How about a link?
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Old 12-13-2012, 02:03 AM   #10
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The advantage of using a premade tank is that there are manufacturers who make them using vacuum molding. This means that you get a one-piece tank with no seams.

Having a custom tank made almost always means that there will be some seams in the tank where the top joins the sides or even where the sides join together. And as Peggie Hall always pointed out, seams like this are potential failure points, particularly when the tank is full.

We replaced a pinholing holding tank (stainless steel which was a really bad idea on someone's part) with a vacuum molded plastic tank we got from Marine Sanitation in Seattle. I don't remember the manufacturer. But they make a wide variety of sizes and shapes.

If there is absolutely no way to get a prefabricated tank into the space you have then your options are limited. But if there is any way to fit a vacuum molded, one piece tank into the space, I believe this is the best way to go.
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Old 12-13-2012, 11:05 AM   #11
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A previous owner installed one of these as a holding tank. It fits along the portside bulkhead, and based on other records on the boat (related to installation of the marine head) it's probably been there since 1986. No leaks, easy to pump out.

Nauta Heavy Duty Holding / Diesel Fuel Tank
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Old 12-13-2012, 01:38 PM   #12
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Hello SebLyte and welcome, or as the more discerning members of the forum say..G'day!

How about a link?
And a very G'day to you. I'm really pleased I found this site. I am sorry to be a bit slow but what do you mean by a link?
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Old 12-13-2012, 03:51 PM   #13
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I am sorry to be a bit slow but what do you mean by a link?
A "link" would be the URL to a website where the DVD you spoke of can be viewed. In otherwords, something to click on with the computer mouse that takes one to the location of the DVD, assuming it's been posted on the Internet.

Quote:
Hi JCD Sail, I have recently replaced my fuel, water and holding tanks and have made a DVD of the whole process. I urge you to take a look at it as it will answer all your questions. Regards Seblyte
This is an example of a "link". A link to a cruise I took in May, 2012.

http://www.widman.biz/indigo/Adventu...IGH_COTTON.pdf
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Old 12-14-2012, 03:54 AM   #14
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A "link" would be the URL to a website where the DVD you spoke of can be viewed. In otherwords, something to click on with the computer mouse that takes one to the location of the DVD, assuming it's been posted on the Internet.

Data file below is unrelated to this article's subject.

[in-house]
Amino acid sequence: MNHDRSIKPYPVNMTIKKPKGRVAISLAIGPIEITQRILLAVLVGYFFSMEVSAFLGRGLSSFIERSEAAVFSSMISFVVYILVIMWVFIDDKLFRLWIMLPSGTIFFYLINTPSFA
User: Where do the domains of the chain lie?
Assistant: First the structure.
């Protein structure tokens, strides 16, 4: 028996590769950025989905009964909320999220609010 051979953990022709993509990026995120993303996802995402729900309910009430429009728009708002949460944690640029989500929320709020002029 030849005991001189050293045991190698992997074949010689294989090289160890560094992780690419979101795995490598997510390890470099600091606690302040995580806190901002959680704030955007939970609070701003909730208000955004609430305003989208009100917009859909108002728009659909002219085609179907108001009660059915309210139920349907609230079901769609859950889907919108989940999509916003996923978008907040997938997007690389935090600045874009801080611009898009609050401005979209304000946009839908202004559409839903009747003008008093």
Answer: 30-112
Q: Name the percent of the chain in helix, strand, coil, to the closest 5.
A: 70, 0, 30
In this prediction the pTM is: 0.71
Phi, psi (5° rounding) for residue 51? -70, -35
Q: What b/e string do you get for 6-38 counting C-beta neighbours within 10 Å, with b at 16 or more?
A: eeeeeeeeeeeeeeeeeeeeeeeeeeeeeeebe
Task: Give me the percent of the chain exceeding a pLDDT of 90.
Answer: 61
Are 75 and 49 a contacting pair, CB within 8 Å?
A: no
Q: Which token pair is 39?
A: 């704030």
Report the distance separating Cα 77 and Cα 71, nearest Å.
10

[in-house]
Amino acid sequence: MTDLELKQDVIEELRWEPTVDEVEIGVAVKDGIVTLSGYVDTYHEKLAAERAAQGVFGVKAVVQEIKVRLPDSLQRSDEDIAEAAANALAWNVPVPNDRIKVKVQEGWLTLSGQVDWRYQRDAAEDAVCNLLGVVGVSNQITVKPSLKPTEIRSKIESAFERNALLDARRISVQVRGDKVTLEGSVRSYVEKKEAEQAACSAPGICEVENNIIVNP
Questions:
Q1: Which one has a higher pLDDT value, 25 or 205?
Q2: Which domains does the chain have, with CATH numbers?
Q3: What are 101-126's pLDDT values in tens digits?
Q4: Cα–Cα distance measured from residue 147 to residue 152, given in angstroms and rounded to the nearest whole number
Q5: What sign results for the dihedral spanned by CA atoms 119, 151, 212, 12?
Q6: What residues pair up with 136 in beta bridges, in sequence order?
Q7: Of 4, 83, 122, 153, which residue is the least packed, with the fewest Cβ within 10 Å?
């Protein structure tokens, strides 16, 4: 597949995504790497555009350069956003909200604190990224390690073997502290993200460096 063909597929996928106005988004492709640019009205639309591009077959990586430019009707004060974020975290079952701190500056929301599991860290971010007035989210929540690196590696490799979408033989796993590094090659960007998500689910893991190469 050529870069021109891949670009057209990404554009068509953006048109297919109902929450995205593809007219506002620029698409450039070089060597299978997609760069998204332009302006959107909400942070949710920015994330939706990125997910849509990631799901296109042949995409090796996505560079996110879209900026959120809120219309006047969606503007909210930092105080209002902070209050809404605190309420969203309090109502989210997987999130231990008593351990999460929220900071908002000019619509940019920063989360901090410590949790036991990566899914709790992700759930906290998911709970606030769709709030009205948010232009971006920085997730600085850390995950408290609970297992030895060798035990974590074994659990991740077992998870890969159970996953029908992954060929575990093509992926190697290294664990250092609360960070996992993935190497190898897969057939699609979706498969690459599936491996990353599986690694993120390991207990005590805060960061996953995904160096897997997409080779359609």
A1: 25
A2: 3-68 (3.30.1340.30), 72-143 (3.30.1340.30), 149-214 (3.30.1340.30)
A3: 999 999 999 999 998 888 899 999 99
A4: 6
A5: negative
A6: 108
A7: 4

This is an example of a "link". A link to a cruise I took in May, 2012.

http://www.widman.biz/indigo/Adventu...IGH_COTTON.pdf
Ahhh ha! Actually I did try posting a link to Terry Hoy but unfortunately as a new member I am not allowed to until I become a trusted member. I'm not sure how long this takes.
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Old 12-14-2012, 07:10 AM   #15
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[QUOTE=SebLyte;119576] as a new member I am not allowed to until I become a trusted member. I'm not sure how long this takes.

Really, I had no idea there was a probation period, maybe one of the 'mods' could explain.
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Old 12-14-2012, 02:58 PM   #16
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as a new member I am not allowed to until I become a trusted member. I'm not sure how long this takes.
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Originally Posted by Andy G View Post
Really, I had no idea there was a probation period, maybe one of the 'mods' could explain.
All "new" members posting hyper links in their posts now get intercepted by the forum's spam filter. At that point one of the mod's has to read it, look at the link and make sure it's not a male enhancement product or porno link. Then approve the post, PITA really for us mod's but makes our job easier keeping the spammers out. We had no choice but to do this with the amount of spam attacks recently. Most spammers tend to go away when they realize we use this tool. This tool has dropped the spam attacks tremendously.

Not sure how long it actually affects new users posting links? Perhaps their first 10 or so posts? If they do not post a hyperlink in those first few posts, they'll never be affected.

Hope this helps.